Rock Island Auction Company

Lot 1563: Hermann Goering's Surrender PPK, w/Case, Research

Auction Date: September 8, 2018

Historic Factory Engraved and Gold Plated Walther Model PPK Semi-Automatic Pistol, Hermann Goering's Sidearm at the Time of His Surrender, with Case and Extensive Research

Price Realized:
Estimated Price: $80,000 - $120,000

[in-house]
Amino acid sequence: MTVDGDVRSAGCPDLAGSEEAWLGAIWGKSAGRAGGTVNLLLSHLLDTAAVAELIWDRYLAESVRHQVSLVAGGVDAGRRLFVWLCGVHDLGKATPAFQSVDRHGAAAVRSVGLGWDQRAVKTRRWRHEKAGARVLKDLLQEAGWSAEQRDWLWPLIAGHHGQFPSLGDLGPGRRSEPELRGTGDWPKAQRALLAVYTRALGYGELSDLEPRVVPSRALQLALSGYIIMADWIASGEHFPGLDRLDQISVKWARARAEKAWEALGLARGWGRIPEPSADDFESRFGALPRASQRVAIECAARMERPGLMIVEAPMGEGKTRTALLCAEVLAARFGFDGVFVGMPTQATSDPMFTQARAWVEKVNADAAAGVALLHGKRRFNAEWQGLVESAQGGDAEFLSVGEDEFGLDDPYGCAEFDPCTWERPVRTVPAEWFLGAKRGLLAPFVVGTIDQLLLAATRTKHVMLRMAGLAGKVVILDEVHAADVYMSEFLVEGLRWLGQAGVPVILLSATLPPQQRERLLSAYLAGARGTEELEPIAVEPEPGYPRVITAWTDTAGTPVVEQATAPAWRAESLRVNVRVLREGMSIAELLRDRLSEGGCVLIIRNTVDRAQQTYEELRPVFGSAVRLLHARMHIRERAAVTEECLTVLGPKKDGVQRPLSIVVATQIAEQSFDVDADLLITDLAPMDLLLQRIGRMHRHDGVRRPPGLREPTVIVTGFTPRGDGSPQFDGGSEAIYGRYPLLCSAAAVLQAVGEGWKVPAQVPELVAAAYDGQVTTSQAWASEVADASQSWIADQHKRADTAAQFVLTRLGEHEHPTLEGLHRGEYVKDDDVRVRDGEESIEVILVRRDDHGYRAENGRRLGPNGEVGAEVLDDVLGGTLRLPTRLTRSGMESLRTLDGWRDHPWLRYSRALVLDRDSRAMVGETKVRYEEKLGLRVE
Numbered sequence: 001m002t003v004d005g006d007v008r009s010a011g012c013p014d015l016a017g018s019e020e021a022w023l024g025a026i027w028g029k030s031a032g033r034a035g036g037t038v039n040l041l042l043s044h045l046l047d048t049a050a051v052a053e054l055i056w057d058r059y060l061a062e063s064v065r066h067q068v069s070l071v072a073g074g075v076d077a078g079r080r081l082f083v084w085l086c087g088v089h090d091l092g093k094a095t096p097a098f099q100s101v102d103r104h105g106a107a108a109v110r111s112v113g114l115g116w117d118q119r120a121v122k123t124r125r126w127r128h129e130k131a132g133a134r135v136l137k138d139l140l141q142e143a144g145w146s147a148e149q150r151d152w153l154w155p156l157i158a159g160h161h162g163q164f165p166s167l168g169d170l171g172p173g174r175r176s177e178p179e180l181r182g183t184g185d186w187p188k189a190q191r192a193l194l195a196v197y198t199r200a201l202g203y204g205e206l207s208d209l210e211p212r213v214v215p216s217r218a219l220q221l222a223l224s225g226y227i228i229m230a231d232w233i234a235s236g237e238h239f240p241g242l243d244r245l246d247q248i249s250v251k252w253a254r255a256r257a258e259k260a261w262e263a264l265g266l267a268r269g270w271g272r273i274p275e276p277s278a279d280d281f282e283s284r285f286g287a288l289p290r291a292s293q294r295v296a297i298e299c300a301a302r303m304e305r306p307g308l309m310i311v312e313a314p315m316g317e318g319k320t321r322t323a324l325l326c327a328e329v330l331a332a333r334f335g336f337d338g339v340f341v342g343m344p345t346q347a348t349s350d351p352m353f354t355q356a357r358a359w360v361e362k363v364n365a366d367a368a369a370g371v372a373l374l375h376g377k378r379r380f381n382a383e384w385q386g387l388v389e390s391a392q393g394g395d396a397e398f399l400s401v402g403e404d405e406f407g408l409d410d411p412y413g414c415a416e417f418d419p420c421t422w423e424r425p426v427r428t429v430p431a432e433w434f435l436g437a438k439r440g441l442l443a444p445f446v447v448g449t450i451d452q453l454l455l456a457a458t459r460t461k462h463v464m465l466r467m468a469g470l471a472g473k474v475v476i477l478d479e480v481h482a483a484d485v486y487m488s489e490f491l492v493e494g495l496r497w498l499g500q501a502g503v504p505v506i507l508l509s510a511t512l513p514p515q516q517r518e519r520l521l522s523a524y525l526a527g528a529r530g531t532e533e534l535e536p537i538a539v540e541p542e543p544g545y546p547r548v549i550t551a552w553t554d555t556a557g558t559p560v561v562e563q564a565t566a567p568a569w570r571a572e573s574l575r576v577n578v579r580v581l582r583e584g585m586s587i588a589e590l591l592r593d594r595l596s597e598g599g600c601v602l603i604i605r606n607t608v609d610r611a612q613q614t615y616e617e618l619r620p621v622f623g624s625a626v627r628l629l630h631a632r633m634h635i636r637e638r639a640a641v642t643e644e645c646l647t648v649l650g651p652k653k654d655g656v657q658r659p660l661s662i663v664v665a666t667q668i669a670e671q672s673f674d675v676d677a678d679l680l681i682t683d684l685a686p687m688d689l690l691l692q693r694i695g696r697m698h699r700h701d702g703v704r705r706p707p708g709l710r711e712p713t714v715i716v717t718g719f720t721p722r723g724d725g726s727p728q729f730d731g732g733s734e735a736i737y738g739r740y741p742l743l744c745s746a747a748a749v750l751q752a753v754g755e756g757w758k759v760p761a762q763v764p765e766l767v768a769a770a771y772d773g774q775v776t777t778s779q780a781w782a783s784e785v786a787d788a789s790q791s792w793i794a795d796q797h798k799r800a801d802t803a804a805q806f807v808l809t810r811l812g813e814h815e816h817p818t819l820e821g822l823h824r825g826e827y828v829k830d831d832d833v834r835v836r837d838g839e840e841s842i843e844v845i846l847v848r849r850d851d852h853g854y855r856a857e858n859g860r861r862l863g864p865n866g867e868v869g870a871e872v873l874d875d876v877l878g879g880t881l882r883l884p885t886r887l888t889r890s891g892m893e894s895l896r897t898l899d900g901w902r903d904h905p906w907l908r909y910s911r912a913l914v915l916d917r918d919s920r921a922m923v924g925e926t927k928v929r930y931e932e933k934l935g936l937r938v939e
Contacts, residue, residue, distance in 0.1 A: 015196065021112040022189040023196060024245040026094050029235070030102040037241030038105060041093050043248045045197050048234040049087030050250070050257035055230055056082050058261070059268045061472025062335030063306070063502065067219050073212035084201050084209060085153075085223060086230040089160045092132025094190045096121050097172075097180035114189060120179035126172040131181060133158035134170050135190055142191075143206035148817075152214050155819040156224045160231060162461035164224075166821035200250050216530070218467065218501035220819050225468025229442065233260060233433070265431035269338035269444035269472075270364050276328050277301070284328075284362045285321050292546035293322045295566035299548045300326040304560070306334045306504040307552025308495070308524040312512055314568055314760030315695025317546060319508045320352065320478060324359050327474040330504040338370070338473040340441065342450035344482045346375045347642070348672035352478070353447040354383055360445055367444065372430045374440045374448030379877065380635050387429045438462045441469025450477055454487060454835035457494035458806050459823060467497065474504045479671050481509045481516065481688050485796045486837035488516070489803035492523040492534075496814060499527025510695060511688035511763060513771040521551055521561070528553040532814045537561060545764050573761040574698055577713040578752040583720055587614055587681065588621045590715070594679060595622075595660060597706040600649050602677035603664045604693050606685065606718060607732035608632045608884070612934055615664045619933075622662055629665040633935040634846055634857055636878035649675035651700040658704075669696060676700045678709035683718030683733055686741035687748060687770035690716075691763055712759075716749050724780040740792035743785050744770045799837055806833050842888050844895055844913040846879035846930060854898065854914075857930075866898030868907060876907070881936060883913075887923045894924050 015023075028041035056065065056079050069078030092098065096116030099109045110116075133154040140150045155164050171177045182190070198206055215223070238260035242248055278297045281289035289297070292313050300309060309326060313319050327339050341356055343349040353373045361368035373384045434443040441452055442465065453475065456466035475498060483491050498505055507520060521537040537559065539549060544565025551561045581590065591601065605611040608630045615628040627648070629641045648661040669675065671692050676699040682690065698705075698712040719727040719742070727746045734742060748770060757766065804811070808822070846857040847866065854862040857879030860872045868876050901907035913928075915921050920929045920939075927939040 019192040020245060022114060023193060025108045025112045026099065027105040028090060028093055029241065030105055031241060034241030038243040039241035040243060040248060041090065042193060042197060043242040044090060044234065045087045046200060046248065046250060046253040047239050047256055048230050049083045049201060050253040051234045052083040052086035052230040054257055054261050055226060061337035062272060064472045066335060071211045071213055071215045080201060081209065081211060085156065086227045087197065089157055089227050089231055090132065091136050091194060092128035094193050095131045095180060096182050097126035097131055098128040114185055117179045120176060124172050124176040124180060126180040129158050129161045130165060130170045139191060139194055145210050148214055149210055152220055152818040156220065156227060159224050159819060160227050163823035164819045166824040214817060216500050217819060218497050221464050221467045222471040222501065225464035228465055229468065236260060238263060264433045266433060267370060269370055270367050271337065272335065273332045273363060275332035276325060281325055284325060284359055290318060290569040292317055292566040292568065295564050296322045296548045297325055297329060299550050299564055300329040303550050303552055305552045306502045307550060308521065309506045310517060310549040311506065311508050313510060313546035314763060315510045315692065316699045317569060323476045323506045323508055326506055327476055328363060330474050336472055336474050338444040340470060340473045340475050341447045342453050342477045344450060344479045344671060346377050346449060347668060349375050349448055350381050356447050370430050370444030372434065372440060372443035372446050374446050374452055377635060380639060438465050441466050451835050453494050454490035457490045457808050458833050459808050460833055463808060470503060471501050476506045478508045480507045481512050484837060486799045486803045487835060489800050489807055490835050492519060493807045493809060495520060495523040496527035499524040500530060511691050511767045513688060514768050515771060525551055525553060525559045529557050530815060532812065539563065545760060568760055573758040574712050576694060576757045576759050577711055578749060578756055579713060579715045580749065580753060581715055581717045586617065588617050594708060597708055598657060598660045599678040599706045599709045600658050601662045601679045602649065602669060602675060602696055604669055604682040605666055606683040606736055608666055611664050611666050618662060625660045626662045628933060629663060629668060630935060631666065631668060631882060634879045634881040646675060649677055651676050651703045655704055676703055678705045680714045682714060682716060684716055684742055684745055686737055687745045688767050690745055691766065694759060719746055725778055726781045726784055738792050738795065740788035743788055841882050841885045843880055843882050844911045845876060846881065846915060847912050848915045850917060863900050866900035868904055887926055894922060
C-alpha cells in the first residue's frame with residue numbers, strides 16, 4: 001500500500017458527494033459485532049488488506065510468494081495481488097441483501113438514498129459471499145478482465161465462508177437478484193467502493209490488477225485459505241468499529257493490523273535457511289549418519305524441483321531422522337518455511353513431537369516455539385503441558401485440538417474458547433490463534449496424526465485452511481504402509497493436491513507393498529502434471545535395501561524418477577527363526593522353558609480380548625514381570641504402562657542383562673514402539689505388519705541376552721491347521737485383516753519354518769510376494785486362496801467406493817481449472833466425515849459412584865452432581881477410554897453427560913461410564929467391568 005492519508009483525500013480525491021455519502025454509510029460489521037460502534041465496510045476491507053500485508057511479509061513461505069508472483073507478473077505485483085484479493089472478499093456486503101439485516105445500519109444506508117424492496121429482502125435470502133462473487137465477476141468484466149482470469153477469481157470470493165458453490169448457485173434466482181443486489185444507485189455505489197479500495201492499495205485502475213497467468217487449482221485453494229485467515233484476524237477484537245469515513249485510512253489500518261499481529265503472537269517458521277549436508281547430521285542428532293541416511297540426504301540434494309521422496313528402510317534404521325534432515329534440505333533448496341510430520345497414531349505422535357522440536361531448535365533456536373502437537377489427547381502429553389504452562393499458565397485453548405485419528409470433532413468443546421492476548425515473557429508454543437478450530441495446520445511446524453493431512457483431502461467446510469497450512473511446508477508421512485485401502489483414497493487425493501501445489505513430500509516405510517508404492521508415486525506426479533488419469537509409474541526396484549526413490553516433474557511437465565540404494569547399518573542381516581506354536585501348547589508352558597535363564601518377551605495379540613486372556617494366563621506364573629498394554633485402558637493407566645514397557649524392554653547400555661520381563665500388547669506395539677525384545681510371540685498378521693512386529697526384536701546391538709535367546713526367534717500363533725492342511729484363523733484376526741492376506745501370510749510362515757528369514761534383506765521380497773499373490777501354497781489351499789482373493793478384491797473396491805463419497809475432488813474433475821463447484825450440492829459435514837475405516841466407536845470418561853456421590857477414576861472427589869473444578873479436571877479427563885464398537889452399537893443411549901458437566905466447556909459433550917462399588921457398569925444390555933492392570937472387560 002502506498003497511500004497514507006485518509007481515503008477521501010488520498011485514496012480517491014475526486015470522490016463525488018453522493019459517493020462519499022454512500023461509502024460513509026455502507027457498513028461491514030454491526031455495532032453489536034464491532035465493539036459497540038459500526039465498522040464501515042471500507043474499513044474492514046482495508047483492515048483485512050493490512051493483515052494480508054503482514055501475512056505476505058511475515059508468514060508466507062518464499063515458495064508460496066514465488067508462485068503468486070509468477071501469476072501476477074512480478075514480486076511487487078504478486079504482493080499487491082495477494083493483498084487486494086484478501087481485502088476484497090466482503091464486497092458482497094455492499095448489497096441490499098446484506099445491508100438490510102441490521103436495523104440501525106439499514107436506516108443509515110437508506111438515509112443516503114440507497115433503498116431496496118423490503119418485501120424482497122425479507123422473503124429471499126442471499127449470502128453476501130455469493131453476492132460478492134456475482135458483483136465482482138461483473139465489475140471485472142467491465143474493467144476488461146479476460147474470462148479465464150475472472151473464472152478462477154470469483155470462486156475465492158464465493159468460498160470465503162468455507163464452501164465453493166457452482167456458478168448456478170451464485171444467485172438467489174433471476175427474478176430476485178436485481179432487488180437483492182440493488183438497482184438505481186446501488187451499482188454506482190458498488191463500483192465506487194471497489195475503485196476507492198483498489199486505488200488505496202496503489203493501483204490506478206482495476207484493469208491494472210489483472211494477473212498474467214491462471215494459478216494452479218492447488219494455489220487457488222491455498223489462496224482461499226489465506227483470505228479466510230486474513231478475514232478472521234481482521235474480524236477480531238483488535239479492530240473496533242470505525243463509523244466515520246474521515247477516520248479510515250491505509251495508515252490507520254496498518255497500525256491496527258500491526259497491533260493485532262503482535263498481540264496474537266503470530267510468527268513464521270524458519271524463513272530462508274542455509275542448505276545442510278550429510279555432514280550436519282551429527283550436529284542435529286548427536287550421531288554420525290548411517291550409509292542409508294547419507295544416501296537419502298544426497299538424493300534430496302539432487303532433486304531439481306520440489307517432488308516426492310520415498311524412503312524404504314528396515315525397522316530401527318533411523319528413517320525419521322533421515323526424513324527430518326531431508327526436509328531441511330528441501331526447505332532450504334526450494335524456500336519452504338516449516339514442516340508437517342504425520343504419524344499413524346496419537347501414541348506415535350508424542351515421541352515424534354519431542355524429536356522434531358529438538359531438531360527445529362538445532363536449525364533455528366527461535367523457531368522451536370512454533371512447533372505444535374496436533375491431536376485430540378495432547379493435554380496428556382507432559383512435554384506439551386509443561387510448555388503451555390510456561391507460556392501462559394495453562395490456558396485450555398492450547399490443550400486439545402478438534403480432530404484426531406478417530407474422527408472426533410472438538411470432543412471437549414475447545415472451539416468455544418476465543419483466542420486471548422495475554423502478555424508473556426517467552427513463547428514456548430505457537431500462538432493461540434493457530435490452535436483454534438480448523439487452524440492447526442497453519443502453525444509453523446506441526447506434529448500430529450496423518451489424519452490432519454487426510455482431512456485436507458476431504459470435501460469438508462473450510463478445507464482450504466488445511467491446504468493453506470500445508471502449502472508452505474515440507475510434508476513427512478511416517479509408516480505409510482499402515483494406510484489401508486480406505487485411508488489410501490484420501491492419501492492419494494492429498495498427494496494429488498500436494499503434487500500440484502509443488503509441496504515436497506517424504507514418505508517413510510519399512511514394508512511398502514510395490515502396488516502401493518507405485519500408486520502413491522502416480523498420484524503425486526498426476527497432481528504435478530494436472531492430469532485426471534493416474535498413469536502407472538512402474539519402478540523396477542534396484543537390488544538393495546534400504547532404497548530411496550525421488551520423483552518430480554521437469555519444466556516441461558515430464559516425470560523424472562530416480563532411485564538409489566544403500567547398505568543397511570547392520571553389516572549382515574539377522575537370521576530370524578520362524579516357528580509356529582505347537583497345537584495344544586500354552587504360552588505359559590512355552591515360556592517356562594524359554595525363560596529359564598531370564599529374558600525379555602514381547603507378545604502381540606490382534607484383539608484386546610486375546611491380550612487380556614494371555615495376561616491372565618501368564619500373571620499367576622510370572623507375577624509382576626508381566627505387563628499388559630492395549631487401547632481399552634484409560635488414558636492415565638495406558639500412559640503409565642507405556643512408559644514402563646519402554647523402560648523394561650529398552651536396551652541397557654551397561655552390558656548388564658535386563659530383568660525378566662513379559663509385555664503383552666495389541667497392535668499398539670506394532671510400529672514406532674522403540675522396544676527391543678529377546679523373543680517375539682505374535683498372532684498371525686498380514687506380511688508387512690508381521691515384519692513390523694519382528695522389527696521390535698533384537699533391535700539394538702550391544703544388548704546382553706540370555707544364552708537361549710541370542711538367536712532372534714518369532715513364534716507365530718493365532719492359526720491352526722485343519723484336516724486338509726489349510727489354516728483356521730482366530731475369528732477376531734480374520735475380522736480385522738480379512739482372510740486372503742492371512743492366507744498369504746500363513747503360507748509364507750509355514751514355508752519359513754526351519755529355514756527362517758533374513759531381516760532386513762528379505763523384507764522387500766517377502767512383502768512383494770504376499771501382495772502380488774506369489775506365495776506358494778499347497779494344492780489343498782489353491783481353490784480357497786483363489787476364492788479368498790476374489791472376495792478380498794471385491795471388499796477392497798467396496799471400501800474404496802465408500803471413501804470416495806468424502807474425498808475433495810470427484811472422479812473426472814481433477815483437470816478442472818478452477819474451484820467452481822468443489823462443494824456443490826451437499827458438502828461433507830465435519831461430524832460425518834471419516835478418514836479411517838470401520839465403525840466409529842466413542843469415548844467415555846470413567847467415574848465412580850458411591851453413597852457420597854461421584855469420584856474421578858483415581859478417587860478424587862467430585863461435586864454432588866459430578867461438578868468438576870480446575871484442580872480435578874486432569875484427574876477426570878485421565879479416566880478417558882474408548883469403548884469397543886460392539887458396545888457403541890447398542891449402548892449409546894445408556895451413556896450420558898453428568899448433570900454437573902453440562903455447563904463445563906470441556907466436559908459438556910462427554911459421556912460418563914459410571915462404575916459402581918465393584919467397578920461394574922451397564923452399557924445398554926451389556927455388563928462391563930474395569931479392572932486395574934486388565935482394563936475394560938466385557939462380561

Historic Factory Engraved and Gold Plated Walther Model PPK Semi-Automatic Pistol, Hermann Goering's Sidearm at the Time of His Surrender, with Case and Extensive Research

Manufacturer: Walther
Model: PPK
Type: Pistol
Gauge: 7.65 mm
Barrel: 3 1/4 inch round
Finish: gold
Grip: plastic
Item Views: 28553
Item Interest: Very Active
Serial Number:
Catalog Page: 286
Class: Curio & Relic Handgun